Sleep is on my mind, as usual, and this time it’s because I got bad news at the dentist.
I need a root canal due to this mysterious process called ‘resorption.’ Nobody knows precisely what causes it. Don’t you love it when you’re on the cutting edge of research? Two things that could have triggered it are grinding my teeth, and inflammation in general.
Both of these things are related to sleep. Bruxism is something I do at night, especially when I’m in pain or my stress level is high. Inflammation is reduced through sleep.
Note that there are no known medical connections between lack of sleep and root canals. This is just a possibility that, for my own purposes, I want to explore.
I’m short about 2-3 hours of sleep a day on average, and sometimes it’s 4-5. Sleeping more is going to benefit me no matter what else is going on. It’s free and it doesn’t have any side effects. It won’t negatively impact anyone else, not like my upstairs neighbor running a high-powered blender over my bed at 6:00 AM.
If I never need another root canal, and I never have resorption problems on another tooth for the rest of my life, I won’t be able to prove whether my behavior impacted that in some way. That’s because this is a complex issue, because I would be an anecdote, and because I don’t even know how to submit data in the world of dentistry.
Still, I add ‘root canals’ to the list of Reasons I Should Probably Sleep More.
File Under: SleepQuest
This approach is consistent with how I approach every problem, not just health issues but problems in general.
I refuse to live with a persistent problem. I won’t accept it. I’ll find a way to work around it somehow. I’ll research it. I’ll test it. I’ll experiment on it. I’ll reframe it. I’ll read up on it. I’ll measure it and document it on a spreadsheet. I’ll ask people from other disciplines what they would do differently.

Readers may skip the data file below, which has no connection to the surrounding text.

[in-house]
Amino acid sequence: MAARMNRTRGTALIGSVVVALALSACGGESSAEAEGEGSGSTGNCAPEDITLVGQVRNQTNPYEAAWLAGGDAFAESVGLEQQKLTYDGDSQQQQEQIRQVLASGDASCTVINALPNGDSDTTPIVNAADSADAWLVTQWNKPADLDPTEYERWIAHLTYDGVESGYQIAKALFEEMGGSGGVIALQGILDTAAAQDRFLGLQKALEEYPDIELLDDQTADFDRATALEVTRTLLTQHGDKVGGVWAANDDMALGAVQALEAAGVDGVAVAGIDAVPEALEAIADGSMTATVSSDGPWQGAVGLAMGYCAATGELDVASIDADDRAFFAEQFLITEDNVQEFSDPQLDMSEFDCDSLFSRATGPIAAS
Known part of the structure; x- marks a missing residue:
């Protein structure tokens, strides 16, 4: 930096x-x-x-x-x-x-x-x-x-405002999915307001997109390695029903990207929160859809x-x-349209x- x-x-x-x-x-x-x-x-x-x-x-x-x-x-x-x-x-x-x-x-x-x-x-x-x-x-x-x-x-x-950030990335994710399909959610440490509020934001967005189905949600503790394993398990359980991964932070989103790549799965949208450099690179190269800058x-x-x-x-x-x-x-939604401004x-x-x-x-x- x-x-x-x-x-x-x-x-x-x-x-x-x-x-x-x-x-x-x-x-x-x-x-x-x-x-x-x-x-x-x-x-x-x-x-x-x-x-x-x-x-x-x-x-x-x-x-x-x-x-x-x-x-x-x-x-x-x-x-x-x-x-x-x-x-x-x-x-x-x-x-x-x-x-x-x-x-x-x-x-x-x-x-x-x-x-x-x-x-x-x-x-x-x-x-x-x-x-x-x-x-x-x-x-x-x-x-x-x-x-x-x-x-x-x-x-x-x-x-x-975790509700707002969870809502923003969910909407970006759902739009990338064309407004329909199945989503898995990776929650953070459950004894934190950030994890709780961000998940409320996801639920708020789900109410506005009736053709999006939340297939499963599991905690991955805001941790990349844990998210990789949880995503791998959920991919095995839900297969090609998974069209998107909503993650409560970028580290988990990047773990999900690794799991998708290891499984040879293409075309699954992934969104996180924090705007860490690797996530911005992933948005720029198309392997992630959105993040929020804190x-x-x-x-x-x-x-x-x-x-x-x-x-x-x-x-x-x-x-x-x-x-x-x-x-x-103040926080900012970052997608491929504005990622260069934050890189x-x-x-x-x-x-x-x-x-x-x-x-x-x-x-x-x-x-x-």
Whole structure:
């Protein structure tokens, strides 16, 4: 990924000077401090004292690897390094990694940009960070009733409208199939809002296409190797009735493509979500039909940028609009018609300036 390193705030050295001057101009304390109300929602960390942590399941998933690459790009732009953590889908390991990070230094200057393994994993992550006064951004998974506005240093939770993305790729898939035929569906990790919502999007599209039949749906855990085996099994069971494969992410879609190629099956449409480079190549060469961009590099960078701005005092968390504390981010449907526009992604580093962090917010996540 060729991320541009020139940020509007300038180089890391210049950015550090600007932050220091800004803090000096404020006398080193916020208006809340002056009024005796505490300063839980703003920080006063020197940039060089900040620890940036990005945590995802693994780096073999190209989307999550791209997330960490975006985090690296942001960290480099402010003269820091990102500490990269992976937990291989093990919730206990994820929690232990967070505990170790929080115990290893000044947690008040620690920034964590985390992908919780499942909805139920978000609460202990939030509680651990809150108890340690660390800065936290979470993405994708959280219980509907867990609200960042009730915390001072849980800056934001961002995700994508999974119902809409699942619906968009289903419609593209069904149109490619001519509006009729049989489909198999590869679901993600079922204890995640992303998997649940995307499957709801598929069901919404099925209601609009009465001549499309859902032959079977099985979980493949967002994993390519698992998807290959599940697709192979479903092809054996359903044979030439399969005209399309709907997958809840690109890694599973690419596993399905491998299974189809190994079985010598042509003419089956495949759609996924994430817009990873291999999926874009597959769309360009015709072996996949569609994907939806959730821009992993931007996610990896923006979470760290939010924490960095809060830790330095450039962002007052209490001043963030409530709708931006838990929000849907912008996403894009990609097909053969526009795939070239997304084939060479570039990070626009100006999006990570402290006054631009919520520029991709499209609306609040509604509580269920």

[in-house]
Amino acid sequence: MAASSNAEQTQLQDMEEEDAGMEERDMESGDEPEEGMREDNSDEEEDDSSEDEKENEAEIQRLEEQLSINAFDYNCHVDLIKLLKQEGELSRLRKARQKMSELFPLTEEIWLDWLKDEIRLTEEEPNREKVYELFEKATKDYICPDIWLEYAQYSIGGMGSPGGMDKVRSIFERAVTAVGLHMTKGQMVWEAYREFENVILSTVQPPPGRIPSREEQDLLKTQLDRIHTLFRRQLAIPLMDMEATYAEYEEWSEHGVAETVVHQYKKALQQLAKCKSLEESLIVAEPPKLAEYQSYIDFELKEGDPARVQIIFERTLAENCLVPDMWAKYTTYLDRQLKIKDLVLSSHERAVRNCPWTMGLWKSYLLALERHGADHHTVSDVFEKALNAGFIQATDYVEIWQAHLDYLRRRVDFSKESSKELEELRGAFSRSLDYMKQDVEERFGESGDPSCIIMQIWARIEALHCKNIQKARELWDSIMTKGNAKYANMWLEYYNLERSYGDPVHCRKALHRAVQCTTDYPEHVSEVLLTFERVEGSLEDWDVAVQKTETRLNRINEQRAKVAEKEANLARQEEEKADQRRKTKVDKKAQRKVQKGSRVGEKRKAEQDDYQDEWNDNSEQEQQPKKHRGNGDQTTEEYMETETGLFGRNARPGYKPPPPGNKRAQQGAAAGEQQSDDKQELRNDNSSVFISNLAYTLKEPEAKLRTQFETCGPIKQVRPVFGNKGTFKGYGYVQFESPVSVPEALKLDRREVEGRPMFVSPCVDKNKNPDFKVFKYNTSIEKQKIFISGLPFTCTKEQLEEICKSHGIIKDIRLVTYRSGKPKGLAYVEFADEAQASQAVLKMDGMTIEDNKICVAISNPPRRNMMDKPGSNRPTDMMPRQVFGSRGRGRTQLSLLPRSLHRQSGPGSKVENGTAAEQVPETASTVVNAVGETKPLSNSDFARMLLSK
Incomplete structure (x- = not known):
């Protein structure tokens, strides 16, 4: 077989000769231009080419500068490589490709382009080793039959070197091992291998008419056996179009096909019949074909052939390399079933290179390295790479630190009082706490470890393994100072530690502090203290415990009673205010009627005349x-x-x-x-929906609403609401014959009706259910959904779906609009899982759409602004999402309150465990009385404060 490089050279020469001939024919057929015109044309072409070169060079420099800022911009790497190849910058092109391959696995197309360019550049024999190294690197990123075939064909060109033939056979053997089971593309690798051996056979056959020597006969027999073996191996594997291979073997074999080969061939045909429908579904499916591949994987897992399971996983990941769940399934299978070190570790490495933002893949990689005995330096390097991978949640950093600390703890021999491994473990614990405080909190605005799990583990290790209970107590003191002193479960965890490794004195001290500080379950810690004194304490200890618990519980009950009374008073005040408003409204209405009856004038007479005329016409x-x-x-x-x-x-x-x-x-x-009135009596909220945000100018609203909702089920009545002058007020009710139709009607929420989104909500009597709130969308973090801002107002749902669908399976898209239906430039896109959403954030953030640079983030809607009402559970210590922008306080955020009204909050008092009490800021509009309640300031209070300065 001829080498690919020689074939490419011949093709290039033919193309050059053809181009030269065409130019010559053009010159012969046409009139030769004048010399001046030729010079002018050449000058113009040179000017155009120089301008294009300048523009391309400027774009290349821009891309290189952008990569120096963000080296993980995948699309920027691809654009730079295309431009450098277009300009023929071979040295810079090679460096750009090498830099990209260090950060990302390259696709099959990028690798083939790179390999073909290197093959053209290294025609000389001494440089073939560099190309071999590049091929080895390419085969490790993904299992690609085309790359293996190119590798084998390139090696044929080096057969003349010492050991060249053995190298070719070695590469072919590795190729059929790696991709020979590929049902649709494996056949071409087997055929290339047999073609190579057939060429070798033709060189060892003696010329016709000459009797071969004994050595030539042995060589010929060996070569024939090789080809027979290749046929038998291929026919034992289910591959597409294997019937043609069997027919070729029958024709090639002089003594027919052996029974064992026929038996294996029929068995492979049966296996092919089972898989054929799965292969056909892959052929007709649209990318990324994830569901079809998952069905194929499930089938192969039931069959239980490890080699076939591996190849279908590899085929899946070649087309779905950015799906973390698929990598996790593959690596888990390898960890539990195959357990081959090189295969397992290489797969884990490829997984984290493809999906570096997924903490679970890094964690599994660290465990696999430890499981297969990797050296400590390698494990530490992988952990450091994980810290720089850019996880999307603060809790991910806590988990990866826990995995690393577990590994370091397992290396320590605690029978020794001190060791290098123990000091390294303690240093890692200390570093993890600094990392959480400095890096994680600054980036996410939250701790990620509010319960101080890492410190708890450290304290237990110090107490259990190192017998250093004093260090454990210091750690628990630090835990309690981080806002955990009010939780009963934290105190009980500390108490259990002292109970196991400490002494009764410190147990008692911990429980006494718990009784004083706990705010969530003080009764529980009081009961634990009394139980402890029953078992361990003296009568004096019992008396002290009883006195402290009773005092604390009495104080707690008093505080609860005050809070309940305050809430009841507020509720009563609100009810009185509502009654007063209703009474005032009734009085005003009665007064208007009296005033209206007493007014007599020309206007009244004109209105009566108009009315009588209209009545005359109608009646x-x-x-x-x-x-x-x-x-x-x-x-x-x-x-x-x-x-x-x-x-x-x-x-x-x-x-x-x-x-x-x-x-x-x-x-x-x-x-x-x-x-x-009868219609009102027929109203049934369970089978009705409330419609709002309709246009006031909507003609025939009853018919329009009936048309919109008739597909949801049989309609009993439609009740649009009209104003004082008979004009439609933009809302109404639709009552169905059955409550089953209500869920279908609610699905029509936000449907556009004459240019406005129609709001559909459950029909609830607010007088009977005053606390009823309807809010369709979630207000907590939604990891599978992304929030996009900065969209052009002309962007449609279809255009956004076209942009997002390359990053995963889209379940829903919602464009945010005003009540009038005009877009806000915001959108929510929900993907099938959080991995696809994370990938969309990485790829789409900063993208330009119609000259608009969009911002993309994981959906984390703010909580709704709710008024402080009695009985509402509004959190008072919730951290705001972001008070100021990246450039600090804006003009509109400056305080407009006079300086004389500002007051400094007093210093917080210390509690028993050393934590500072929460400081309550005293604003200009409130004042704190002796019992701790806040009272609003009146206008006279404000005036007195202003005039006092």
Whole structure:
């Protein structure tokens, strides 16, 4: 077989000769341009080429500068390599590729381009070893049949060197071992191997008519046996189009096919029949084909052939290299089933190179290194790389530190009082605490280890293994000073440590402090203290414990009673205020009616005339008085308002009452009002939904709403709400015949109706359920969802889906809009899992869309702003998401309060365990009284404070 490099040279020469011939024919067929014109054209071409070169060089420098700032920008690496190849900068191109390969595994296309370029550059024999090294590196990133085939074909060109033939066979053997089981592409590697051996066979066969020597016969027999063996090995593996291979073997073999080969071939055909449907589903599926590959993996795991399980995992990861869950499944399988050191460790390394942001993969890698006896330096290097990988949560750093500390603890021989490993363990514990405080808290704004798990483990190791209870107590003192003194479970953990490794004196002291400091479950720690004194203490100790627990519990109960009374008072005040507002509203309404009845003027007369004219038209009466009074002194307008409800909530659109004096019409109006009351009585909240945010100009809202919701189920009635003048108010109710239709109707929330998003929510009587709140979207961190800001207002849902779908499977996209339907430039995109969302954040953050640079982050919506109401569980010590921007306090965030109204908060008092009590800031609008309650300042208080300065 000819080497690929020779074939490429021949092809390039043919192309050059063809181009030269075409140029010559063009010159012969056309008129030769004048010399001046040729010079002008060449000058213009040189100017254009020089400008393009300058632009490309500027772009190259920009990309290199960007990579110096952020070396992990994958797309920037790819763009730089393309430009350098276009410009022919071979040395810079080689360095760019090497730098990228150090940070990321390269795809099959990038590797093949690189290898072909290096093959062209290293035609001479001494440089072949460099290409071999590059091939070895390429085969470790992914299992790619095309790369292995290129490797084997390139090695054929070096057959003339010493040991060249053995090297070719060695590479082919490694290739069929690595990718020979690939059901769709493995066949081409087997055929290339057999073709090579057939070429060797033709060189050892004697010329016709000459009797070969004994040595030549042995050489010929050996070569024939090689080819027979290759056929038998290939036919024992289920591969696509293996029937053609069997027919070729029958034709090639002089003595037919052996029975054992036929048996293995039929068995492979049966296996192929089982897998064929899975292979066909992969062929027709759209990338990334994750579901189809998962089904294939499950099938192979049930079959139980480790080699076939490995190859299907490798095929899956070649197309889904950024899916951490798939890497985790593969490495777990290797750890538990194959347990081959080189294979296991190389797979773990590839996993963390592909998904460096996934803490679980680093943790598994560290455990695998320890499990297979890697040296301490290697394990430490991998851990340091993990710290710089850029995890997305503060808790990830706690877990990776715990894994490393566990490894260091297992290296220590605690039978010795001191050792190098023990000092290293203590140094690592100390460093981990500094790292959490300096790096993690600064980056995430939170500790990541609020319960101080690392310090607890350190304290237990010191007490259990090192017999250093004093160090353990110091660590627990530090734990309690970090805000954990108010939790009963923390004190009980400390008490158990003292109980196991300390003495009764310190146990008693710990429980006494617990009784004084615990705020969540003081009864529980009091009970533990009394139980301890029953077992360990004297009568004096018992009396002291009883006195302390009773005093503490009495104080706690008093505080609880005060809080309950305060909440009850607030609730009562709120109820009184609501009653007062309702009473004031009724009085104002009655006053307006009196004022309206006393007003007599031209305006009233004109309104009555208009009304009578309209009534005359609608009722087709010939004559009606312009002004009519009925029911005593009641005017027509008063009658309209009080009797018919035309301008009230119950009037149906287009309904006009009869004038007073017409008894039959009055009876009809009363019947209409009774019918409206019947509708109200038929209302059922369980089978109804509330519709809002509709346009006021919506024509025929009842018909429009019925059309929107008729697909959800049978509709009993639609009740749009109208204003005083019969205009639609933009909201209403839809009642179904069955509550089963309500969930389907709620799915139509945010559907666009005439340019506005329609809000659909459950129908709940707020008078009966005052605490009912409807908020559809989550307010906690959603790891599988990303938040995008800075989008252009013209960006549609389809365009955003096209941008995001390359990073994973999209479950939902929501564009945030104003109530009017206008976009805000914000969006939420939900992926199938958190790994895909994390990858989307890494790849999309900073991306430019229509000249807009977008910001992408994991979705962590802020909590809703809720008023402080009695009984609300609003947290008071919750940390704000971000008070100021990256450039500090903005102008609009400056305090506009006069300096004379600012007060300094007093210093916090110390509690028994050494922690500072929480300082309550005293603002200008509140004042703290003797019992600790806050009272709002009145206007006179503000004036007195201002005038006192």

My endodontist lectured me about not wearing my night guard. He showed me on the scan exactly how he could tell from looking at my teeth that I “clench and grind.” Then he told me that AT MY AGE I couldn’t afford to ignore this and that it would definitely start wearing away my teeth.
Mmm. Love it. I’ve finally reached the point when medical professionals start using the phrase “at your age.”
Night guard. The one in the brightly colored plastic case. In the drawer where I see it at least twice a day.
You can lie to yourself, but you can’t lie to your dentist. I had to admit that I was not, in fact, doing 100% of every possible thing to take care of my precious teeth.
I care about this significantly more now that I have a ballpark estimate of how much preserving a single tooth costs out of pocket. Without dental insurance, ugh. I wonder if this endodontist needs some back-office help?
As these thoughts swirl about my chronic sleep deprivation, my incipient cash deprivation, and my poor middle-aged teeth, I think about the concept of “trying everything.”
Everyone says this, all the time, about everything, but it’s a scam.